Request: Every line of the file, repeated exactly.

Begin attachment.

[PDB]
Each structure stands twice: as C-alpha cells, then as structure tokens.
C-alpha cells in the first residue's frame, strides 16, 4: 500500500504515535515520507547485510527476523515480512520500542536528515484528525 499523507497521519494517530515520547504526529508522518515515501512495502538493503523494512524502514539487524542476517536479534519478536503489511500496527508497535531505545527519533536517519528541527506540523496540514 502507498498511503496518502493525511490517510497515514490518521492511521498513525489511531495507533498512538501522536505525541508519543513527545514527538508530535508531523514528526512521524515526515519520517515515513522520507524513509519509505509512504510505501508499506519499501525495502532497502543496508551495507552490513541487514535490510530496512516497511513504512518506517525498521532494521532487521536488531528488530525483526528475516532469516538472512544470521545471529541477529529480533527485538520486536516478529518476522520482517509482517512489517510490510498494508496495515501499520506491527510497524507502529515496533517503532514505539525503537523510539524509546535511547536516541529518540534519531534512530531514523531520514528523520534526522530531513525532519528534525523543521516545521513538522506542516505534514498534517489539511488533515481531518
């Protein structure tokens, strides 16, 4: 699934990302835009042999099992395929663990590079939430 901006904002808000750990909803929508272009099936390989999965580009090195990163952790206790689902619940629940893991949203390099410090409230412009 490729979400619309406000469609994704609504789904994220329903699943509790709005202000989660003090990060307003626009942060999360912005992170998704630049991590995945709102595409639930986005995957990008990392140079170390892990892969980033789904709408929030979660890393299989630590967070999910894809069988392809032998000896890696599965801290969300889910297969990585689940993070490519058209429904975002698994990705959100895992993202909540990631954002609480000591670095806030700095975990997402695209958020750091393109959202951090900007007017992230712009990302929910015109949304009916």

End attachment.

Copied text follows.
[PDB]
Each structure stands twice: as C-alpha cells, then as structure tokens.
C-alpha cells in the first residue's frame, strides 16, 4: 500500500504515535515520507547485510527476523515480512520500542536528515484528525 499523507497521519494517530515520547504526529508522518515515501512495502538493503523494512524502514539487524542476517536479534519478536503489511500496527508497535531505545527519533536517519528541527506540523496540514 502507498498511503496518502493525511490517510497515514490518521492511521498513525489511531495507533498512538501522536505525541508519543513527545514527538508530535508531523514528526512521524515526515519520517515515513522520507524513509519509505509512504510505501508499506519499501525495502532497502543496508551495507552490513541487514535490510530496512516497511513504512518506517525498521532494521532487521536488531528488530525483526528475516532469516538472512544470521545471529541477529529480533527485538520486536516478529518476522520482517509482517512489517510490510498494508496495515501499520506491527510497524507502529515496533517503532514505539525503537523510539524509546535511547536516541529518540534519531534512530531514523531520514528523520534526522530531513525532519528534525523543521516545521513538522506542516505534514498534517489539511488533515481531518
């Protein structure tokens, strides 16, 4: 699934990302835009042999099992395929663990590079939430 901006904002808000750990909803929508272009099936390989999965580009090195990163952790206790689902619940629940893991949203390099410090409230412009 490729979400619309406000469609994704609504789904994220329903699943509790709005202000989660003090990060307003626009942060999360912005992170998704630049991590995945709102595409639930986005995957990008990392140079170390892990892969980033789904709408929030979660890393299989630590967070999910894809069988392809032998000896890696599965801290969300889910297969990585689940993070490519058209429904975002698994990705959100895992993202909540990631954002609480000591670095806030700095975990997402695209958020750091393109959202951090900007007017992230712009990302929910015109949304009916």